God's Roadmap

Teach me to do Your will, for You are my God; let Your good Spirit lead me on level ground (Psalm 143:10 NASB).


Saturday, May 18, 2019

3 Reasons Patience is a Positive Experience


by Barbara Latta
Fruit of the Spirit Series – Patience

3 reasons patience is a positive experience.
But the fruit of the Spirit is love, joy, peace, longsuffering, kindness, goodness, faithfulness, gentleness, self-control Against such there is no law (Galatians 5:22-23 NKJV).

You can read previous posts in this series here: love, joy, peace

As you can see in the verse above the New King James Version lists longsuffering as a fruit of the Spirit. This is also translated as patience in other versions. We don’t like to think of being patient when we want something, but to call it longsuffering makes it worse.

Why should we want to suffer at all and especially long? No way!

But when we look at the correct meaning of the word, we can get a better picture of what God is telling us.

“Strengthened with all might, according to His glorious power, for all patience and longsuffering with joy” (Colossians 1:11 NKJV).

Scriptural patience is defined in Strong’s Concordance as, “forbearance or fortitude.” This gives us a different picture of waiting.

Patience is simply staying firm and steadfast in our faith without changing what we believe until our answer from God comes.

We can have joyful expectancy
When a woman is pregnant, she must wait for the baby to arrive at the perfect time. If the child was born too early, it would be dangerous and the infant might not survive. The process of growing brings the product of waiting to the perfect culmination. Even when the pregnancy is not evident to all, the mother knows the process has begun. She wants to hold and see this baby, but she knows she isn’t going to do it now. There is joyful expectancy because the outcome is known even though it is not in her possession yet. Yes, there are some uncomfortable moments. There is longsuffering with joy, but it is minimal compared to the gift she will behold.

We can have joyful expectancy when waiting for promises of God to be fulfilled in our lives the same way. Our waiting can be a positive experience rather than the painful image we have of longsuffering.

3 reasons patience is a positive experience

  • Patience shows we trust God: When we don’t see the answers to our prayers immediately, we sometimes question God. When we pray according to God’s will He is working, but we don’t always know what is going on behind the scenes in the spiritual world. God brings things into our lives through other people. When they don’t respond to His direction, what we wanted may be delayed. He may have to work in the hearts of someone else to accomplish His answer to us. All this time we are waiting and wondering where our answer is. But when we hold on to the Word of God, He will come through because He does not lie. (Jeremiah 29:11)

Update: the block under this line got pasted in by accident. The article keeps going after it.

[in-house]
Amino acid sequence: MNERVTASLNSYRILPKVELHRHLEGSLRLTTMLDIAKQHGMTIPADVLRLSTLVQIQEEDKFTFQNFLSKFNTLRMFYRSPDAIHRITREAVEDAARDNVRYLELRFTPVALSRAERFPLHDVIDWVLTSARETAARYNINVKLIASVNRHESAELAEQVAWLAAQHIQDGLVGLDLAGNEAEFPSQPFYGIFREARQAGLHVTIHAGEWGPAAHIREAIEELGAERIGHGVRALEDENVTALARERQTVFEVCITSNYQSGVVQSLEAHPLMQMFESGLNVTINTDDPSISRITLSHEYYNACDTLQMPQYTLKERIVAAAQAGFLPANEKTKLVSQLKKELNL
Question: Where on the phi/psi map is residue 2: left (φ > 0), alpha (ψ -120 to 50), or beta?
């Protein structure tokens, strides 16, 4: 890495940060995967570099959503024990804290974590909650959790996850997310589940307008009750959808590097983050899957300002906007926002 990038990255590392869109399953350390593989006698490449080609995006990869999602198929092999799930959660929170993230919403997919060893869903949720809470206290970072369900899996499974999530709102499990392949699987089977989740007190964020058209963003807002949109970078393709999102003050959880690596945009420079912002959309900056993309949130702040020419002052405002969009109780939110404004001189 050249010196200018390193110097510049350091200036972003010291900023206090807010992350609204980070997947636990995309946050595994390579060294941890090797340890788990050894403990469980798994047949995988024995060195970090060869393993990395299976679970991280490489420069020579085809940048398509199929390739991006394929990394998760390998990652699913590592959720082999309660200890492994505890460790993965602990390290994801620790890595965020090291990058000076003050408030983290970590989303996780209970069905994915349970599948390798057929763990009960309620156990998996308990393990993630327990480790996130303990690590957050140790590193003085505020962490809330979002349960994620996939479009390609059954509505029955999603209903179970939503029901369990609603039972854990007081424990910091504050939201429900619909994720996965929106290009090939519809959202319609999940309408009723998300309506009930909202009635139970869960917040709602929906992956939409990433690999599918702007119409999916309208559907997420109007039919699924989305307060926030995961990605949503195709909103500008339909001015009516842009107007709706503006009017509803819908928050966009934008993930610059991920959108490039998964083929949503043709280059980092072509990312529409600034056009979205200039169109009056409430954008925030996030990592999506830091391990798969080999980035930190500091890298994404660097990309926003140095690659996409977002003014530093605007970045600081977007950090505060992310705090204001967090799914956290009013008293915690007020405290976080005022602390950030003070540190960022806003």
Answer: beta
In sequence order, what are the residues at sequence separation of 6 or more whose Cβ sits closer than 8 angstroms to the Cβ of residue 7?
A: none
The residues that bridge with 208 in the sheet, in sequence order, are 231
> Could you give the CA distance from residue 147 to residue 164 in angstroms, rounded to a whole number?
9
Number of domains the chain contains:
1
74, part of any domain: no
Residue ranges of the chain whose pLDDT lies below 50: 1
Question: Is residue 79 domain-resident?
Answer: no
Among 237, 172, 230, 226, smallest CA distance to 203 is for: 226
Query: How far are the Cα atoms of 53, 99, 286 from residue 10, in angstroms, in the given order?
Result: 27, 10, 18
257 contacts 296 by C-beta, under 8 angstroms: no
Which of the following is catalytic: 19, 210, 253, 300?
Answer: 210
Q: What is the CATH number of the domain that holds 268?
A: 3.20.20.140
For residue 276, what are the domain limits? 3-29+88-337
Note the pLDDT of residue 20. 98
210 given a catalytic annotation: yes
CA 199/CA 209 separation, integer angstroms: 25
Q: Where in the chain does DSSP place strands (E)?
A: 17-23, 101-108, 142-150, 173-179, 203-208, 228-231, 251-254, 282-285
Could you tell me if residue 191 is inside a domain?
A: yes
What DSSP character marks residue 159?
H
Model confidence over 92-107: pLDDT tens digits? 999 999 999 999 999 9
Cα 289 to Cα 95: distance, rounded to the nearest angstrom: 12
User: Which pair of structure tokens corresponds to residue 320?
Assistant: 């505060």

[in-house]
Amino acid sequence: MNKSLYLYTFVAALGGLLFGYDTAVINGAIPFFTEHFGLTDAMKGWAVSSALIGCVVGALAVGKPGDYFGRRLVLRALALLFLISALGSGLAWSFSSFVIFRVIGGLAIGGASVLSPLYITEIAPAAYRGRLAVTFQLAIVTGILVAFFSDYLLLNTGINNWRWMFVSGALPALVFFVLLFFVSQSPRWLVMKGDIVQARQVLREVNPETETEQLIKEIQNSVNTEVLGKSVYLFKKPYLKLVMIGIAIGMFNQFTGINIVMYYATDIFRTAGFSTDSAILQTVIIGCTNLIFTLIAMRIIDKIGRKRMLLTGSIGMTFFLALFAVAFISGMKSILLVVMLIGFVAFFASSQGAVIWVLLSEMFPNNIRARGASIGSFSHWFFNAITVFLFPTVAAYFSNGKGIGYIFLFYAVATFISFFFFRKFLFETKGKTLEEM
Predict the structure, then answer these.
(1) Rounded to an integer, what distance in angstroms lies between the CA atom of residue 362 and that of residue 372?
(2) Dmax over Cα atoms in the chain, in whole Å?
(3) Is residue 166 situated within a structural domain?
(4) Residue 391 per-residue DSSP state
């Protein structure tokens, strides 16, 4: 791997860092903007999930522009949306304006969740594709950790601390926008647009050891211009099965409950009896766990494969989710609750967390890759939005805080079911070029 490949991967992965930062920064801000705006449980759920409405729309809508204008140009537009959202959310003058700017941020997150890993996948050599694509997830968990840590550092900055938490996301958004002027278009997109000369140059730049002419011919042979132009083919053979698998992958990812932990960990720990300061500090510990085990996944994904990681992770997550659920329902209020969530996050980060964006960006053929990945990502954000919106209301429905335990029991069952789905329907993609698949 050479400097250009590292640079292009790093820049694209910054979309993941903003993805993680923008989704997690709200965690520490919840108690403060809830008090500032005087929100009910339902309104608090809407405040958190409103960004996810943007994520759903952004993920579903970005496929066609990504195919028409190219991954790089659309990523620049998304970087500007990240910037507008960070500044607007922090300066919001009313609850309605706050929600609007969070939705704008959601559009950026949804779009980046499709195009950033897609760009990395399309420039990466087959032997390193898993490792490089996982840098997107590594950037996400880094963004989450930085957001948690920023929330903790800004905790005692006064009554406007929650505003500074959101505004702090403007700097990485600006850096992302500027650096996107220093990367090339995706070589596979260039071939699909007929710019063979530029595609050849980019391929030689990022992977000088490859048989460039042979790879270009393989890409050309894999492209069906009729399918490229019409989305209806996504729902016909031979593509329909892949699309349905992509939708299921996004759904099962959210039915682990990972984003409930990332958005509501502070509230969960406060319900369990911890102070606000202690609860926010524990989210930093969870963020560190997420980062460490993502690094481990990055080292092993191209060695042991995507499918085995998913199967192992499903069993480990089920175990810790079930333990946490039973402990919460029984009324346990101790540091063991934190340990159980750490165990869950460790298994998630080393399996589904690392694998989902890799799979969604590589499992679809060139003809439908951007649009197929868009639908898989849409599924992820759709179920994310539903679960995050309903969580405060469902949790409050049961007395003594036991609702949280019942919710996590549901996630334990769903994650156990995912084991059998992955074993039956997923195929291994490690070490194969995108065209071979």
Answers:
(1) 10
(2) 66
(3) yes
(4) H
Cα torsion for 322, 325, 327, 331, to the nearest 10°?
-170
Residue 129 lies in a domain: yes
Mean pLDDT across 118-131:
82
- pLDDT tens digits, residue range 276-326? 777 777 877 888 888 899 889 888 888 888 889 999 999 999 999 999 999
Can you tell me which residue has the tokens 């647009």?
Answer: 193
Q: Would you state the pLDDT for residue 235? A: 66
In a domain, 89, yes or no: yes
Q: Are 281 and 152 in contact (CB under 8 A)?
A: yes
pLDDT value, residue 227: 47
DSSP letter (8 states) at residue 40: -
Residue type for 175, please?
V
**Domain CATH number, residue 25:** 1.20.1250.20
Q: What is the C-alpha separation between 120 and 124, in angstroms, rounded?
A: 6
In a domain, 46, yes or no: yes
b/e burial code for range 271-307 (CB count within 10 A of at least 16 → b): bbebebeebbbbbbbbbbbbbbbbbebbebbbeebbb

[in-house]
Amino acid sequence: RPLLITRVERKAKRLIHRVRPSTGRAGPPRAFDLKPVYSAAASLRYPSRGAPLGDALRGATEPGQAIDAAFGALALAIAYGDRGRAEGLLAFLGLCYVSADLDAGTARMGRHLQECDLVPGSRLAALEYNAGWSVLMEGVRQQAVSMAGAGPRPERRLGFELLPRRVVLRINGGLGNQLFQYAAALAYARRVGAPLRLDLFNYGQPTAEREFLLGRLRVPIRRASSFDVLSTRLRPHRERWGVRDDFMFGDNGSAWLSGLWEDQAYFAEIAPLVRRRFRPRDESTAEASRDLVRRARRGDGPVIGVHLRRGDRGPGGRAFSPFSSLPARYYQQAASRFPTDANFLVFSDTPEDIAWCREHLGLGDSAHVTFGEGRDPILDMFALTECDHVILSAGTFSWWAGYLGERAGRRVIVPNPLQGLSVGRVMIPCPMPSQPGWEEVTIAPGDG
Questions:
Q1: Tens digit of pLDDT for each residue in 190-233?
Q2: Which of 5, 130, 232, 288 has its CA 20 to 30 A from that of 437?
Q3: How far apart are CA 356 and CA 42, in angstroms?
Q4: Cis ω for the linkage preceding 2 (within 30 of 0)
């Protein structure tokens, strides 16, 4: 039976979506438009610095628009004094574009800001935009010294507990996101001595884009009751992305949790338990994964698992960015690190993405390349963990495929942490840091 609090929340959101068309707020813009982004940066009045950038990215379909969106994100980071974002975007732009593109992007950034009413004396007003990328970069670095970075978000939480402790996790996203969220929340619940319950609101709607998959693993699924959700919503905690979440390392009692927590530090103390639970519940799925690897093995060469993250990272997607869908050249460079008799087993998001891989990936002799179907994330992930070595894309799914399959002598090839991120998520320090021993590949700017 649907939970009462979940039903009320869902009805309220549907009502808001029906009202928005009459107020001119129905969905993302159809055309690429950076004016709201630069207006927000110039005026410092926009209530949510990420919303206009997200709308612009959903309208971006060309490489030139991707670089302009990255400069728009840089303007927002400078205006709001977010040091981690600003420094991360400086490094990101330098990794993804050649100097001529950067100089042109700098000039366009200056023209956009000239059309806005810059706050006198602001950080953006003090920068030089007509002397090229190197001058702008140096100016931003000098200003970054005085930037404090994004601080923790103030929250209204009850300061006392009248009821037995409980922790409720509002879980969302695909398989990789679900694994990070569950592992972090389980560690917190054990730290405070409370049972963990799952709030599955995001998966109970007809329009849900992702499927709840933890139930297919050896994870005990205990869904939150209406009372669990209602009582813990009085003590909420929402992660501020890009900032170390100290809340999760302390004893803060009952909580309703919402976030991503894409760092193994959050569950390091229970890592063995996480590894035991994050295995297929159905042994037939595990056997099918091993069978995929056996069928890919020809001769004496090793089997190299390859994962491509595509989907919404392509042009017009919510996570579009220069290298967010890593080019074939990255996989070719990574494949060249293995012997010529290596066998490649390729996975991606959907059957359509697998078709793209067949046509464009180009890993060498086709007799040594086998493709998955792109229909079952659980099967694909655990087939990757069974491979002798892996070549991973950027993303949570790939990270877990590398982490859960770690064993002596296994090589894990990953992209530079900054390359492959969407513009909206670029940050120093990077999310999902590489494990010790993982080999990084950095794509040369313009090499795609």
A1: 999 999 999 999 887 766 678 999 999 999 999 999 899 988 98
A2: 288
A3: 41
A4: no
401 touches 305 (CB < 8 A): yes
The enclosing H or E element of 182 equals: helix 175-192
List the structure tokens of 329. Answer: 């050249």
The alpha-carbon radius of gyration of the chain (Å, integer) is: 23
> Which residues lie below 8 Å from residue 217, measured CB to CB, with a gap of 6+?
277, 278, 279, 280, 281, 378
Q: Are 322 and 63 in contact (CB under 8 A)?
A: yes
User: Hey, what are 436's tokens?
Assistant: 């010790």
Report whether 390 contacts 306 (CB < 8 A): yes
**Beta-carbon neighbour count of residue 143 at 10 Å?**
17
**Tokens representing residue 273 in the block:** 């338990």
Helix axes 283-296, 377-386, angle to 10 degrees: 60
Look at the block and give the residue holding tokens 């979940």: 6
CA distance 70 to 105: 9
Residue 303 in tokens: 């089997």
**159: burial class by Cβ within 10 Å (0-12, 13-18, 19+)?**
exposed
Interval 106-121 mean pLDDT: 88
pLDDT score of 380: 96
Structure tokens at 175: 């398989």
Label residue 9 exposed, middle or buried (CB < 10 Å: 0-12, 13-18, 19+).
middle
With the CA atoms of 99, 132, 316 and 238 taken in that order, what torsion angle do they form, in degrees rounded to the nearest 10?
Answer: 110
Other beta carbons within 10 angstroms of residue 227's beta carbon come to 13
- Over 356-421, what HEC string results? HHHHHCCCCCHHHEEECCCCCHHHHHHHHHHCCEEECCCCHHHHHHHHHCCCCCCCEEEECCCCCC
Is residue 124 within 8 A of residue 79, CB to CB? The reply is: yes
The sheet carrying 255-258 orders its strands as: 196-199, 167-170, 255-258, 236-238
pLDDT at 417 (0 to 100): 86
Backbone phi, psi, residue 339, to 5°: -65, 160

• Patience is an example to others: When someone isn’t treating us right, our restraint against them can be an example of the way God wants them to be treated. Showing patience with them can be an example of God’s character. (1 Thessalonians 5:14)
  • Patience builds our faith: When we are experiencing a trial and waiting for an answer to prayer or the culmination of a seed we planted to sprout, we can look back at previous times in our lives where God has always fulfilled His promise. We can see that an answer did come, and it will materialize this time, too. (Galatians 6:9) 

When we pray, the answer to our problems is in the development stage the same way the unborn baby
is. All the solutions God has must come to fruition before they can be born. We can have joyful expectancy while waiting for the birth of our answers if we will see it from God’s perspective. We ask, believe, meditate on His word, and know He hears us (I John 5:14).

His glorious power gives us the ability to know our answer will be born at the right time.

What does patience mean to you? Share your thoughts.






Saturday, May 11, 2019

The Love of a Mother's Hands - Mother's Day 2019


by Barbara Latta

Mother's work tirelessly to care for their children. Washing, feeding, hugging and investigating, these hands are never idle. When we become mothers, we realize what our mothers did for us. This is a tribute to my mother and mothers everywhere.

The Love of a Mother's Hands


Loving hands held me when I was small, cuddled and fed me, and tucked me in at night.
Hands would pick me up when I would fall, soothe the hurt, and wipe away the tears.
Hands would feel my head when I had a fever and dispense bad tasting medicine with a spoon.
Those hands would be there all night in case the fever returned.

Hands would cook good food each day and wave a finger if I didn’t eat.
“What about all those starving children in the world?”